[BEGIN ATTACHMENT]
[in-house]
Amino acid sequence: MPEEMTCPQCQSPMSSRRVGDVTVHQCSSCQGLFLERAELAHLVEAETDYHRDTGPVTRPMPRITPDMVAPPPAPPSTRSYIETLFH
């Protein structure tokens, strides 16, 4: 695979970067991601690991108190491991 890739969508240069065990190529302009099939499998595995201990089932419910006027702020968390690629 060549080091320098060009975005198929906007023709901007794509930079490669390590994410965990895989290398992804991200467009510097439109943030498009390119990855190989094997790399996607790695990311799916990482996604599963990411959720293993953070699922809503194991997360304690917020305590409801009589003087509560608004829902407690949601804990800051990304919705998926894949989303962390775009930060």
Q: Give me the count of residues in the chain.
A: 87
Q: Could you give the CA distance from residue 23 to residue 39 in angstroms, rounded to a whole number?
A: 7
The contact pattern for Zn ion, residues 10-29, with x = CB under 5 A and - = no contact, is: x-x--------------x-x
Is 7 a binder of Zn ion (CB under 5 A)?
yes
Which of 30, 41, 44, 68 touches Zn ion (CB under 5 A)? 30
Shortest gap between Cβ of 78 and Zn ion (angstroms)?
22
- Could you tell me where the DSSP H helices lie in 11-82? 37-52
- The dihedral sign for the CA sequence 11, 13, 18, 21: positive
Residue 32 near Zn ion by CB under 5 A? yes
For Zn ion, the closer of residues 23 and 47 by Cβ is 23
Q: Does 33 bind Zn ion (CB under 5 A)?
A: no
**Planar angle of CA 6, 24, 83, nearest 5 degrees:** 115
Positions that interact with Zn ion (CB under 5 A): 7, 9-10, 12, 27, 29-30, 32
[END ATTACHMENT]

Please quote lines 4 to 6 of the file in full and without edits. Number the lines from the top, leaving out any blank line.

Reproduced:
Q: Give me the count of residues in the chain.
A: 87
Q: Could you give the CA distance from residue 23 to residue 39 in angstroms, rounded to a whole number?